Which Smith-Kennard mishap wore it better? These two, or the two SLOB sets from last week against Toronto?

Yep, this is where we’re at this season.

This Week’s Trends and Dead Ends

A closer look at the habits —both good and bad—of players, coaches, and maybe even DBB commentators. Discover what the Pistons’ opponents are doing really well, and understand what to look out for going forward.

Positive

Chop cut

The basketball-lingo dictionary is filled with all sorts of fun definitions to describe assorted actions. What you call a certain activity simply depends on where (or who) you learned it from, as the synonyms are almost never-ending.

In my hood, any cut following the roll man off a PNR or DHO is called a chop cut. Jonas Jerebko, will you please give us an example:

Thanks Jonas, have a seat and grab some water.

Next up, Devin Harris:

Good stuff, Dev.

OK Pistons, you’re up. Let’s see if you were paying attention:

Sigh (get better Gary Harris, I hated seeing that).

Rolling with a purpose

After a screen, there is rolling to the basket and there is rolling to the basket with a purpose. The difference in outcomes between the two is same distance between, oh I don’t know, a playoff team and a lottery-bound team.

Rudy Gobert proudly demonstrates what rolling with a purpose means. Moving in a meaningful way is what winning teams do. Going through the motions is a trait of a defeated team.

The Joker

With 23 points, 12 rebounds and 10 assists in the Nuggets’ win over Detroit, Nikola Jokic completely overwhelmed the Pistons’ defense. As we saw from the playbook, Denver will often place the genuine stretch-five at the top of the key, which allows for all types of productive off-ball movement:

He’s a rather special dude.

Of all the “Stop. The. Ball.” plays the Pistons’ defense has yielded this year, THIS might be the most embarrassing (Editor’s note: I have been dreading the inclusion of this clip since Thursday):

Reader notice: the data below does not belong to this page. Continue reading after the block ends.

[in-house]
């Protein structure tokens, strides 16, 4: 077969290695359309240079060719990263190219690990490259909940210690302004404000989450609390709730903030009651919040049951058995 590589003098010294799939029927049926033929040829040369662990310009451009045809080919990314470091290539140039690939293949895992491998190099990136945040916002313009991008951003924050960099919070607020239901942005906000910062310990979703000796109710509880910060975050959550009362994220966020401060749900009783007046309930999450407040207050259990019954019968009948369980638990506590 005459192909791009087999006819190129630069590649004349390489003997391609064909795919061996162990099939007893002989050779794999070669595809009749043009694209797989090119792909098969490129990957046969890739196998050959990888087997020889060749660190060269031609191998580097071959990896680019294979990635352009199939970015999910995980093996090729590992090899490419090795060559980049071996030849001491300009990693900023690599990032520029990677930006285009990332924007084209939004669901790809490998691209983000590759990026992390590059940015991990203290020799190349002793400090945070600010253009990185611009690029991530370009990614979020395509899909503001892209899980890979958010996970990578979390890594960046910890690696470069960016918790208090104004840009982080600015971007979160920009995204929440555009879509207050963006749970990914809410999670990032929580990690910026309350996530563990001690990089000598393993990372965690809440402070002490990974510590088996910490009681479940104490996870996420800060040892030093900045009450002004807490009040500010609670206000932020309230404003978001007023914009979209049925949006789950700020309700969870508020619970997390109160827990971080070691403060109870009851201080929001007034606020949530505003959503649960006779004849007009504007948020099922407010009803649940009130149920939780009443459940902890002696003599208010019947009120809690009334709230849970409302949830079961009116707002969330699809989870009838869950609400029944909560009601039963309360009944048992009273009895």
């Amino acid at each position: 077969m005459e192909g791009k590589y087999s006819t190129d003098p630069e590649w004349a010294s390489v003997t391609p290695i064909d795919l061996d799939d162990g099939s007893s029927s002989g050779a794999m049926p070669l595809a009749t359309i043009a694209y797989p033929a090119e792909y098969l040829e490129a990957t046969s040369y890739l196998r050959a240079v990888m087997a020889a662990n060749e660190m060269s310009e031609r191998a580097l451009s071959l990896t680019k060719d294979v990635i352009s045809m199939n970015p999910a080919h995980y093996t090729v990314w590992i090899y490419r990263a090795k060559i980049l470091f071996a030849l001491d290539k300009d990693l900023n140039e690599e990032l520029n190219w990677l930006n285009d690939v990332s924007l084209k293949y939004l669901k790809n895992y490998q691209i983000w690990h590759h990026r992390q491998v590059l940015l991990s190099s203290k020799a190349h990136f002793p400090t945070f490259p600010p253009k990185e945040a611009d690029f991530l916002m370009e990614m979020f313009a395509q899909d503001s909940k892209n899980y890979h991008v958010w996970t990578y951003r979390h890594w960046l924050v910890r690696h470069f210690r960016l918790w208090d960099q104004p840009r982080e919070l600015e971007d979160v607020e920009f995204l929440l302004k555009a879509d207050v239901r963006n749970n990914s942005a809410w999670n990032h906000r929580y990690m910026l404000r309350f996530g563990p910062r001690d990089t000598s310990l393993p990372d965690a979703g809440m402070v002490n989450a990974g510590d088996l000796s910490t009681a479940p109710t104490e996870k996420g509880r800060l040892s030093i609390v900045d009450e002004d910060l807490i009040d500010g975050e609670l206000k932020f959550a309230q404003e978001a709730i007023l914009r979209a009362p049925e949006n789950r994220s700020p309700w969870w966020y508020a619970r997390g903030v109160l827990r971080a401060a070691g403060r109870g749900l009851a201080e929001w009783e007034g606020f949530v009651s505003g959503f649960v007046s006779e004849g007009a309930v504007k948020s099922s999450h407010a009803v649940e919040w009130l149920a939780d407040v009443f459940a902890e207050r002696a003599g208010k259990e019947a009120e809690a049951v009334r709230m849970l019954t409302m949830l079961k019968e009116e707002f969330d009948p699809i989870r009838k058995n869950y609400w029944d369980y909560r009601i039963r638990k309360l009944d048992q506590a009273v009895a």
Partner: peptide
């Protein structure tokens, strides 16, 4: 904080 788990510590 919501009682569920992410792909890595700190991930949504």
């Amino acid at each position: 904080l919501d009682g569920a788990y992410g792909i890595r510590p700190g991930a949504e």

Oh my lord. Who wore it better? Jokic or DeMar DeRozan from last week:

Ugh, what a disheartening question that is.

Defending Portland’s PNR

In an effort to get the ball out of the dangerous hands of Damian Lillard and C.J. McCollum, Detroit often used a hard hedge (and trap) during the Blazers’ pick-and-roll:

The drop coverage is probably better described as the slow-to-react coverage:

While the less popular and bold “no defense” defense surprisingly paid off:

As did Blake Griffin’s risky matador strategy:

Congrats? On a side note, I’ll stick up for Griffin on offense, but his defense, at times, has been downright putrid.

Negative

Honestly, the 0-3 week didn’t produce anything worth your time or anything you haven’t witnessed before. On behalf of the Pistons and all of DBB, I apologize.

High/Low: One Highlight, One Lowlight of the week

Not all good and bad plays are created equal. Some stick out and make you take notice. Or they’re just so funky they deserve a special place of their own.

High

The Pistons show their cards too early, and Maurice Harkless smartly slips the screen:

Who wore it better? Harkless or Ante Zizic from the last week’s Cleveland game:

Low

When you’re going to use a hard hedge to defend the pick-and-roll, as an on-ball defender, you cannot get beat if your man rejects the screen. Kennard has shown a nasty habit of doing just that all year long. Below, as I was about to yell at him, he corrals the gifted shot-creater C.J. McCollum and defends well:

Peering into the Crystal Ball

What to look for in the next week.

You and I both know that you don’t care what happens this week. (Who DOESN’T love a great matchup between the Kings and Pistons at 10 p.m! -Ed.)

On the bright side, the Tigers home opener is only ten days away! From what my people tell me, though, the Tigers might make us yearn for Pistons’ basketball to begin. What a horrible loop. What did we do to deserve this?